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Wed, Nov

A partnership for security

Afghanistan
Typography

An Afghan Air Force member, who is a student attending pilot training, operates an Mi-17 helicopter simulator at Shindand Air Base.One cannot think of the security in Afghanistan without the contribution that the International Security Assistance Forces (ISAF) has made.

The past several years of cooperation between Afghan National Security Forces (ANSF) and their international partners have been vital in this regard. Much of this cooperation has enabled the ANSF to maintain a decisive technological advantage over the enemies of peace. As ISAF transitions to a train, advise, and assist role, it expects to continue enabling the Afghan security forces in the future.

As the security forces of the Islamic Republic of Afghanistan now have the primary role of providing security around the country, the development of the Afghan Air Force (AAF) is one of the main focuses. The rugged terrain of the country makes aircraft essential for everything from evacuating casualties and moving troops to supplying outlying bases. Both helicopters and fixed wing aircraft will be necessary for the ANSF to deploy soldiers and police, deliver equipment, support medical evacuations and perform reconnaissance missions.

An Afghan Air Force student pilot inspects a Cessna 208 Caravan aircraft under the supervision of his ISAF flight instructor at Shindand Air Base.

The Afghan Air Force has more than 100 military aircraft. They operate rotary wing aircraft, including Mi-17 cargo helicopters, Mi-35 attack helicopters as well as various fixed wing aircrafts, as well as two C-130 cargo planes, with two more expected to be delivered in 2014, flown by US trained Afghan pilots.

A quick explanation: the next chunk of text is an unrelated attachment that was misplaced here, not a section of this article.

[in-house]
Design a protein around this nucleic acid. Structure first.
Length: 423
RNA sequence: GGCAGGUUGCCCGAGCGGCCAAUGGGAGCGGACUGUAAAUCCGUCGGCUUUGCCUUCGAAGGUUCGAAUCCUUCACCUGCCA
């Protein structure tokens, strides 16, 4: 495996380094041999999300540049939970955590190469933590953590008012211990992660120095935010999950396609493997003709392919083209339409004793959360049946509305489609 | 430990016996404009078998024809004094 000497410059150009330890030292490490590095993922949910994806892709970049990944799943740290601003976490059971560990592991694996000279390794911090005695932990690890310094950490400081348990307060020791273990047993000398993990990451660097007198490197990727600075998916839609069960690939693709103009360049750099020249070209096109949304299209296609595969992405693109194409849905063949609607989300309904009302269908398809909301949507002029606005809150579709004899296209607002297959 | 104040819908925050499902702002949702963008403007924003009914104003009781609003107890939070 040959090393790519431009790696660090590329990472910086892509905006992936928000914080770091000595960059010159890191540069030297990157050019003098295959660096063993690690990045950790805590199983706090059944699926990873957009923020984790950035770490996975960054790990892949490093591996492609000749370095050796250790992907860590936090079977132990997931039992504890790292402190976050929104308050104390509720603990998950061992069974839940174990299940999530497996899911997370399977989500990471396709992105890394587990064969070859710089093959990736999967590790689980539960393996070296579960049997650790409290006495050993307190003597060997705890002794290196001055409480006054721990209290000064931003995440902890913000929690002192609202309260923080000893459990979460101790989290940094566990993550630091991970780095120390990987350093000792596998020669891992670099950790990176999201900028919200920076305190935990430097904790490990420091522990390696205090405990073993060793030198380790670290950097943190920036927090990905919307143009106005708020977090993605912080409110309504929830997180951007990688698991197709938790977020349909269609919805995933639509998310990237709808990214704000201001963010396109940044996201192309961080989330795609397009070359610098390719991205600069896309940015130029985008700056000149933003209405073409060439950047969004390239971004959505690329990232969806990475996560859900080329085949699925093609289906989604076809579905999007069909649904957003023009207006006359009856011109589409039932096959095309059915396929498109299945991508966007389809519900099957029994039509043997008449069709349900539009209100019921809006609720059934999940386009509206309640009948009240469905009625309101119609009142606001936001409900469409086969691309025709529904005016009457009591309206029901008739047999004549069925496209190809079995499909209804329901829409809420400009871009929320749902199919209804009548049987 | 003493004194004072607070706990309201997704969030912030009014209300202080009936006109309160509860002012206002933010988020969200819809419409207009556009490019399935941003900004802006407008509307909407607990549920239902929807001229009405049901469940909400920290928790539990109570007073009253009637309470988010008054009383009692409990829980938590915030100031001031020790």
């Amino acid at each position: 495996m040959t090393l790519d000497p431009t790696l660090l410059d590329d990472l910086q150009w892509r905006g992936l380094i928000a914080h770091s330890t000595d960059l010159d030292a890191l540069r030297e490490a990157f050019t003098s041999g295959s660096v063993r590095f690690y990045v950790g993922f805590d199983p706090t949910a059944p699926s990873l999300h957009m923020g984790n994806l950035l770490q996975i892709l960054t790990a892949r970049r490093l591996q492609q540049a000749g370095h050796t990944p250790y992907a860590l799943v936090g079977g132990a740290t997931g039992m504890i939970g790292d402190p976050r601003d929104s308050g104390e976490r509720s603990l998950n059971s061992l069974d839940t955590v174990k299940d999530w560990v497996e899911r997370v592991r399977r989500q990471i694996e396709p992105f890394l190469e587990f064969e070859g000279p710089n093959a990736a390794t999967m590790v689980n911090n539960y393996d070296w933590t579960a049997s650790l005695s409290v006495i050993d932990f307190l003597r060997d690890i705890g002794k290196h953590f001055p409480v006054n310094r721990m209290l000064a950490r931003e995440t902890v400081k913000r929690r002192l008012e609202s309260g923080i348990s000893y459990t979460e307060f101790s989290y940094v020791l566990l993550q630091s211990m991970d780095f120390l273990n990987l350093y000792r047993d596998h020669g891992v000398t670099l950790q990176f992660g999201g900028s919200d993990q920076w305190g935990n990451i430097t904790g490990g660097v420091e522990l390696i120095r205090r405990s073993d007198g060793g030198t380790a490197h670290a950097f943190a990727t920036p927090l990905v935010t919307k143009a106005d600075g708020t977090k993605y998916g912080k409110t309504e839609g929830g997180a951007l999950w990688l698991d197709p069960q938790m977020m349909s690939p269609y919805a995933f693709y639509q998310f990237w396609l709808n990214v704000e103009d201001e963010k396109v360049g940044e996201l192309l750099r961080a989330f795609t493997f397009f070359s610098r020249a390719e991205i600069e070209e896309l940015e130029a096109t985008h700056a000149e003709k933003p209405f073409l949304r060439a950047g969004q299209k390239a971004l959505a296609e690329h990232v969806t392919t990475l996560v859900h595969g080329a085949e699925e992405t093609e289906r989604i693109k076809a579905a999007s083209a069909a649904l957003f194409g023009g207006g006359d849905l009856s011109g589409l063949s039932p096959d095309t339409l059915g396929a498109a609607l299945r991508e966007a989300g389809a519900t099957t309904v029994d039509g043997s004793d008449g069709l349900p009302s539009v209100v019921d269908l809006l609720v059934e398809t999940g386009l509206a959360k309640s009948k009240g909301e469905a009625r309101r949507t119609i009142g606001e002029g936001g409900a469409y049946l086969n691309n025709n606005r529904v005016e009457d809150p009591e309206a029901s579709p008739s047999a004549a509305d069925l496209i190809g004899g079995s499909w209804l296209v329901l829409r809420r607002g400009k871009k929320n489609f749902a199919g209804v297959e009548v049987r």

“They’re trained by our (US) standards; they are trained at Little Rock Air Force Base, which is the same place I send our C-130 pilots,” says US Air Force Brig Gen John Michel, Commander NATO Air Training Command Afghanistan.
Increasingly, Afghan trainers are proving capable of imparting knowledge and skills on to Afghan students, depending less on ISAF trainers. Major Farid, a helicopter flight simulator trainer in Kabul, says they have been conducting training without an ISAF mentor. “We are looking for good crew coordination. They make a decision on what time we will take off, the heading, the fuel,” he says.

By 2016, the AAF is expected to number more than 8,000 personnel, working in 60 specialties, with approximately 140 aircraft. Some of the aircraft operated by the AAF are purchased by contract, while many have been donated by international partners.

Support and capability is not limited to the air force. Everything from mortars, howitzers, and ammunition to clothing and academic supplies have been provided. Whether security depends on air capability or the ability to better find and disarm improvised explosive devices, the commitment of the international community is clear. Afghanistan does not stand alone.